The prevailing method of paying for health care — fee for services — encourages more tests and services, writes guest columnist Michael Soman. Payment reform could create similar financial incentives in supporting better care at lower costs

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SOME years ago, a 63-year-old grandmother joined Group Health as my patient. She was on 18 different medications. She came to me dizzy and lightheaded — symptoms that proved to be provoked by a drug interaction. With the help of a clinical pharmacist, we simplified her regimen to six medications. Unfortunately, an ulcer on her ankle, which had not been treated for six months, did not get better. Ultimately, she required an amputation. It felt tragic to me because I knew that good primary care, based in solid evidence, would have prevented her overmedication, and ultimately her amputation.

Physicians seek to act in the best interests of their patients. But most practice in an environment that fails to compensate them for guiding patients to better health — particularly when managing chronic diseases like diabetes, high blood pressure and heart disease. In the United States, 20 percent of the population accounts for 80 percent of the cost of care. Most of these patients have chronic diseases, which can be well managed by primary-care teams supplemented when needed by good specialty care.

But our current payment system — in which the prevailing method is to pay for each office visit, medical procedure or test separately — does not support this model of care. This fee-for-service approach leaves no single doctor, hospital or clinic responsible for the overall health of the patient, or for the costs.

Fee-for-service medicine begets procedures, tests and visits, whether these services are warranted or not. Of the $2.5 trillion spent on American health care this year, 25 to 30 percent represents unnecessary services that expose patients to potential harm.

A fundamental change in how doctors are paid is the only way to achieve the president’s goal of extending health coverage to more people without causing skyrocketing costs. Payment reform is the path to reduce costs while maintaining quality.

The solutions being discussed — electronic medical records, coordinating care between multiple sites and doctors, outreach to patients who need to take better care of themselves — all require financial investment, time and a long-term view, precisely the approach that fee-for-service medicine discourages.

Different approaches to paying doctors can address questions like, “Am I getting better?” and “Is this care rational, affordable and efficient?”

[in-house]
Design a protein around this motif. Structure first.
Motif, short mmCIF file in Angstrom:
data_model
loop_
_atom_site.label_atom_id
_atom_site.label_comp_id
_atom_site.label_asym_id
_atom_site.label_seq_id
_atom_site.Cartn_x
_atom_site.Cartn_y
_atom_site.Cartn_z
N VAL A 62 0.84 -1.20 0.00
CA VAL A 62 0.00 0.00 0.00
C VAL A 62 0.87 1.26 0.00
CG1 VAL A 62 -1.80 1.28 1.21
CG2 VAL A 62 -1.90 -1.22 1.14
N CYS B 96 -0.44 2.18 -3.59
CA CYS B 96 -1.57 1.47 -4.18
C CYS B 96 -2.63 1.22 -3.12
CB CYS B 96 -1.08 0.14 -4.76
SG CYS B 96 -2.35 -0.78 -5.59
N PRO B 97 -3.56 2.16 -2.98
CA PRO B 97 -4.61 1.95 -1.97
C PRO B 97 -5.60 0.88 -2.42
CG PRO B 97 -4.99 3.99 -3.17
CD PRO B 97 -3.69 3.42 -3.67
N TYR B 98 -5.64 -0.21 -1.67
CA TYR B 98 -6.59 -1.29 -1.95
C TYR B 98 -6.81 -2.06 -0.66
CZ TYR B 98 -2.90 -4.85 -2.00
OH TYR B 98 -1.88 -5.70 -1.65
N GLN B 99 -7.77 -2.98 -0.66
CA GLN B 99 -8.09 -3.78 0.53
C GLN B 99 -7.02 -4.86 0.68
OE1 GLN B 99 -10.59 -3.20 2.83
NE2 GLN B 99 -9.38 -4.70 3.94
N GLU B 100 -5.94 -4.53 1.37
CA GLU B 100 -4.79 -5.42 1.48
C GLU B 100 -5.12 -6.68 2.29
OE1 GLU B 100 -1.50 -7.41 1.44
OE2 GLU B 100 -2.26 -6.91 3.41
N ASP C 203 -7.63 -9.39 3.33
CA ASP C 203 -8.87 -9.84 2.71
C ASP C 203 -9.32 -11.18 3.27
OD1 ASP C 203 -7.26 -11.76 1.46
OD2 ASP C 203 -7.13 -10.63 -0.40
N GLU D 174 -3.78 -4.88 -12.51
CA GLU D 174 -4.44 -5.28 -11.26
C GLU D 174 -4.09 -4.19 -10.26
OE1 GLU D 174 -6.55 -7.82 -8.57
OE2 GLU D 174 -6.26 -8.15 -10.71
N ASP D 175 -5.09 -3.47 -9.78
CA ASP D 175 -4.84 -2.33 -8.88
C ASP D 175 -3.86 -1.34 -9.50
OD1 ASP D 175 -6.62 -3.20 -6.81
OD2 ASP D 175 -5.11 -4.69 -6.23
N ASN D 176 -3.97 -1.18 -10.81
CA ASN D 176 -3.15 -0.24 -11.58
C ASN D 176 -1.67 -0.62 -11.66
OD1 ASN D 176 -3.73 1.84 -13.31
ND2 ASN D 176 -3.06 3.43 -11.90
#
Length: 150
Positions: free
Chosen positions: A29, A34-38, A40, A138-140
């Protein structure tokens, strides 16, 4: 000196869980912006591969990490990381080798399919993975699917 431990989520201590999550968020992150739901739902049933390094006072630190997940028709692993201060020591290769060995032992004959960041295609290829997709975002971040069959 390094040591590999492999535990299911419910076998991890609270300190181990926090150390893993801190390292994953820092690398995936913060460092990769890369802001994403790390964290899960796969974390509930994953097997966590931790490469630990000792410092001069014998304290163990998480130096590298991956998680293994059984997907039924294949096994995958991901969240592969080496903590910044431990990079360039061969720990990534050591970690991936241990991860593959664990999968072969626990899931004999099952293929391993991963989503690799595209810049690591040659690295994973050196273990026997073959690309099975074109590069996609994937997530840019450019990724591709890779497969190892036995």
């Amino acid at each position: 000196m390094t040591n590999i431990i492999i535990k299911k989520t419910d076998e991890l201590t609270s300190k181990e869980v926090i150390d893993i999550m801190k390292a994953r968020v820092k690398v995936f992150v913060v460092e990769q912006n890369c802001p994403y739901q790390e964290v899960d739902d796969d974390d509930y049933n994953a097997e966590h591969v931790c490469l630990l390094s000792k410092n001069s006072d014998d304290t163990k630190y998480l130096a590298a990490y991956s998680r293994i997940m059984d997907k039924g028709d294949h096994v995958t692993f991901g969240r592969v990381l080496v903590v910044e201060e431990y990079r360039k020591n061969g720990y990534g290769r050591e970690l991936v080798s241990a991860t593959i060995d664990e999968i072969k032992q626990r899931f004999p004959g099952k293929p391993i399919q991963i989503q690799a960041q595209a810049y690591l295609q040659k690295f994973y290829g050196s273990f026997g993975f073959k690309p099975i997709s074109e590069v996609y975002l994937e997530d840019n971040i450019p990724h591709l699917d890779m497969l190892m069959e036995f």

One straightforward method is to create nonprofit organizations with doctors on salary and the incentives to care for the whole patient that come from being responsible for both the financing and delivery of care.

But it is not the only way. Payment reform could create similar financial incentives in supporting better care at lower costs.

Medicaid, Medicare and private insurance could begin to pay primary-care doctors to establish “medical homes” for a group of patients who receive care through their clinic. Medical homes that hit their marks for a defined set of quality goals could receive higher payment rates. Quality measures could include things like the percentage of patients with diabetes who improve control of their blood-sugar levels or the percentage of toddlers who have received all of the recommended immunizations.

Another proposal is to pay for “episodes of care” or make “bundled payments.” The classic example of this is the patient who is released from the hospital but returns within days with complications due to poor follow-up care. Under the proposed method of payment, hospitals would not be paid for the return visit. Payment would instead be based on the successful completion of this episode of care. With this change, an organization is more likely to have a nurse call or visit the patient at home to make sure progress is appropriate.

Over time, payment changes will work to transform the culture of medical care. Doctors will work together and medical systems will invest in delivering care more efficiently. This is essential if we hope to afford expanding coverage to this nation’s 46.3 million uninsured while still providing quality care.

Michael Soman, MD, MPH, is Group Health’s chief medical executive.